Out of Hours Dental Emergency
Out of hours Emergency
Dental emergencies can happen at the worst of times, and can be very distressing. We provide an out of hours emergency service for genuine dental emergencies. Please see below to assess your situation
Go to A&E for:
- Facial swelling affecting your vision, breathing or preventing your mouth opening more than two finger width
- Trauma causing loss of consciousness, double vision or vomiting
Seek Dental Treatment for:
- Facial swelling
- Bleeding after an extraction that does not stop after 20 mins of solid pressure with gauze.
- Bleeding due to dental trauma
- Severely broken tooth that cannot be managed with pain relief
- Toothache that is preventing sleep/eating combined with swelling
- Severe wisdom tooth pain and infection
Non-urgent Dental Emergencies:
- Loose or lost crowns/bridge/implant crown or veneer
- Bleeding gums
- Broken, rubbing or lose denture
- Broken, loose or lost filling
- Chipped tooth with no pain and no soft tissue trauma
Frequent Dental Emergencies
Facial swellings can come about for a number of reasons other than teeth such as infected skin cysts or blocked salivary glands. However, if there is associated tooth pain or swelling around the gum it is likely to be a dental problem. Facial swellings that have come about over a short period of time, are usually a sign of infection which may need antibiotic treatment.
If the abscess is draining, rinse your mouth regularly with hot salty water and take painkillers if needed. Anti-inflammatory analgesics such as Ibuprofen are the best for toothache as the pain is usually caused by swelling. If you can’t take them – if you are allergic to aspirin, for example – then paracetamol is the next best thing. Please contact the clinic when a facial swelling occurs.
If your tooth has chipped and is not painful, most likely this will be fine to leave until you can see us for a restoration. If the broken tooth is sharp, sensitive or cutting your tongue, you can purchase a temporary filling material at your local chemist. To use this follow the instructions as directed, but ensure your tooth is dry and place the filling material over the surface that is exposed. If required take regular painkillers to help with pain. Anti-inflammatory analgesics such as Ibuprofen are the best for toothache as the pain is usually caused by swelling. If you can’t take them – if you are allergic to aspirin, for example – then paracetamol is the next best thing.
While waiting to have the tooth restored, maintain a good oral hygiene routine; brushing your teeth regularly, flossing and/or using interdental brushes combined with a low sugar diet to prevent any decay from occurring or existing decay from getting worse.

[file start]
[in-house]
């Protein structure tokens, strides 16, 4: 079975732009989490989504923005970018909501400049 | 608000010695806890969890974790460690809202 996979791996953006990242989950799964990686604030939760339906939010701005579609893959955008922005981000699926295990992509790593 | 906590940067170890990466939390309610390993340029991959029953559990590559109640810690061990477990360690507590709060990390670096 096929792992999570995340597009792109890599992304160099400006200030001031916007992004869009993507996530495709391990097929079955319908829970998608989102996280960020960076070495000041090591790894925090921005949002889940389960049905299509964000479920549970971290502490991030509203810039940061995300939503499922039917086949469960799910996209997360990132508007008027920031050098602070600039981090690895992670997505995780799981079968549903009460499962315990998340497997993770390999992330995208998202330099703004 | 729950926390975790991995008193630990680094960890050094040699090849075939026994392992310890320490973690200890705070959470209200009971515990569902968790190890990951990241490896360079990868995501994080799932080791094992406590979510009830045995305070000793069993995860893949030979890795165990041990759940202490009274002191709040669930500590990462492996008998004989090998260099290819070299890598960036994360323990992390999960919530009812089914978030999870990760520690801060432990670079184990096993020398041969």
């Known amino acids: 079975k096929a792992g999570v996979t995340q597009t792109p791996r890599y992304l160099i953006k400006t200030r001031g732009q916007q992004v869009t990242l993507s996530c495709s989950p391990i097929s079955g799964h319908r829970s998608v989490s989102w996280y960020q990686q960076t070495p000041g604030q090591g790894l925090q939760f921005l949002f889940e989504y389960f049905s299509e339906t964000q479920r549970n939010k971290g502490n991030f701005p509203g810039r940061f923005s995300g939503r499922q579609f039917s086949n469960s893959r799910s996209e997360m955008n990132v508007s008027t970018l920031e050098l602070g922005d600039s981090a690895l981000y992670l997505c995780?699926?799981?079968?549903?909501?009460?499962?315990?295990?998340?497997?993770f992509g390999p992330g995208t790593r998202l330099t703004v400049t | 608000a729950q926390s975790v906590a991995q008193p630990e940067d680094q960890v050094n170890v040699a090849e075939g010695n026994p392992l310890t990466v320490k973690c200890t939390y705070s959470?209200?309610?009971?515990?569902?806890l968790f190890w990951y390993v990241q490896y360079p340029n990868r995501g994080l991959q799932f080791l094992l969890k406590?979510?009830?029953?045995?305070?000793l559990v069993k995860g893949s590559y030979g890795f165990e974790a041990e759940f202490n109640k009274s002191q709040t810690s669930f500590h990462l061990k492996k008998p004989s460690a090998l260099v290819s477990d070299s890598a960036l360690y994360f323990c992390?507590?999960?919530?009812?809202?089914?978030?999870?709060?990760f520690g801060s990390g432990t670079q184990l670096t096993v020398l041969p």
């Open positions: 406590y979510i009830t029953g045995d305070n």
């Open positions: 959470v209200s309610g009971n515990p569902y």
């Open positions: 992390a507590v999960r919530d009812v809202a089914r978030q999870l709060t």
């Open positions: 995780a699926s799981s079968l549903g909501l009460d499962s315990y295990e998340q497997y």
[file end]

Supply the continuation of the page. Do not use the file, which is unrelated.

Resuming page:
Take regular painkillers and rub desensitising toothpaste (such as Sensodyne or Colgate Sensitive) around the tooth and repeat this several times through the day. Maintain your excellent oral hygiene routine and make sure to use fluoridated toothpaste when brushing twice daily.
Again, maintain a good oral hygiene routine, combined with a low sugar diet to ensure the tooth underneath does not get decayed. If required you can buy a dental emergency kit from a chemist and this can be used to stick a crown/veneer/bridge back in temporarily. At the very least, cover the tooth or tooth peg left with this temporary filling material until we are able to see you.
To help keep the area clean, rinse your mouth with warm salty water and take regular painkillers. Anti-inflammatory analgesics such as Ibuprofen are the best for toothache as the pain is usually caused by swelling. If you can’t take them – if you are allergic to aspirin, for example – then paracetamol is the next best thing. Keeping your head raised (Sleeping with a number of pillows) can help alleviate inflammation in the area. If you have a bad wisdom tooth infection, you will need antibiotics, so please call the clinic.
Dental Trauma – tooth injury
What to do if a tooth has been knocked out
If it’s an adult (permanent) tooth:
- Hold it by the white bit that sticks out of the gum (the crown). Do not touch the root.
- Lick it clean if it’s dirty, or quickly rinse it in cold running water for no more than 10 seconds.
- Try to put it back into the hole in the gum. If it does not go in easily:
- put it in milk
- put it in saliva – by spitting into a container (if its your tooth) or having your child spit into a container (if its theirs)
- hold it in your cheek until you see the dentist – but do not have younger children do this in case they swallow it
- If it goes back in, bite down gently on a clean cloth to hold the tooth in place.
If its a baby tooth:
do not put it back in – it could damage the tooth growing underneath
If you do not know if its an adult or baby tooth:
put it in milk or saliva (by having your child spit into a container) and bring it to the dentist
What the dentist will do
If you put the tooth back in, the dentist will check it’s in the right place and move it if they need to.
If you brought the tooth in milk or saliva, we will clean it and put it back in.
We then fix the tooth to the teeth either side of it to hold it in place (splinting).
You’ll probably need to come back after a couple of weeks to have the splint removed.